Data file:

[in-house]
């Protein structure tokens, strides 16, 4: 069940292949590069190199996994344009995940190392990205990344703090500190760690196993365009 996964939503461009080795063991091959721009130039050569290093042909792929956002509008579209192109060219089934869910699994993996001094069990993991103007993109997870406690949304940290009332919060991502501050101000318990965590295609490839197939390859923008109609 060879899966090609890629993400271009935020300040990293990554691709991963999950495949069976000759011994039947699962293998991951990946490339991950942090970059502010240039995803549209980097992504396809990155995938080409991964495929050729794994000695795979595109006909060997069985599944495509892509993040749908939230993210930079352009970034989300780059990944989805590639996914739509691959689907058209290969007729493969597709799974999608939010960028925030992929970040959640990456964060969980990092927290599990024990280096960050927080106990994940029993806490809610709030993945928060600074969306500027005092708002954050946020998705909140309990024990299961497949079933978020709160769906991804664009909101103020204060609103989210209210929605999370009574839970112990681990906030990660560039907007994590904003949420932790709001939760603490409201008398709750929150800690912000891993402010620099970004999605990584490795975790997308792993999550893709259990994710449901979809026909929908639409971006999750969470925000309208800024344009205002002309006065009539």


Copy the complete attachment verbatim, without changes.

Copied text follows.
[in-house]
């Protein structure tokens, strides 16, 4: 069940292949590069190199996994344009995940190392990205990344703090500190760690196993365009 996964939503461009080795063991091959721009130039050569290093042909792929956002509008579209192109060219089934869910699994993996001094069990993991103007993109997870406690949304940290009332919060991502501050101000318990965590295609490839197939390859923008109609 060879899966090609890629993400271009935020300040990293990554691709991963999950495949069976000759011994039947699962293998991951990946490339991950942090970059502010240039995803549209980097992504396809990155995938080409991964495929050729794994000695795979595109006909060997069985599944495509892509993040749908939230993210930079352009970034989300780059990944989805590639996914739509691959689907058209290969007729493969597709799974999608939010960028925030992929970040959640990456964060969980990092927290599990024990280096960050927080106990994940029993806490809610709030993945928060600074969306500027005092708002954050946020998705909140309990024990299961497949079933978020709160769906991804664009909101103020204060609103989210209210929605999370009574839970112990681990906030990660560039907007994590904003949420932790709001939760603490409201008398709750929150800690912000891993402010620099970004999605990584490795975790997308792993999550893709259990994710449901979809026909929908639409971006999750969470925000309208800024344009205002002309006065009539």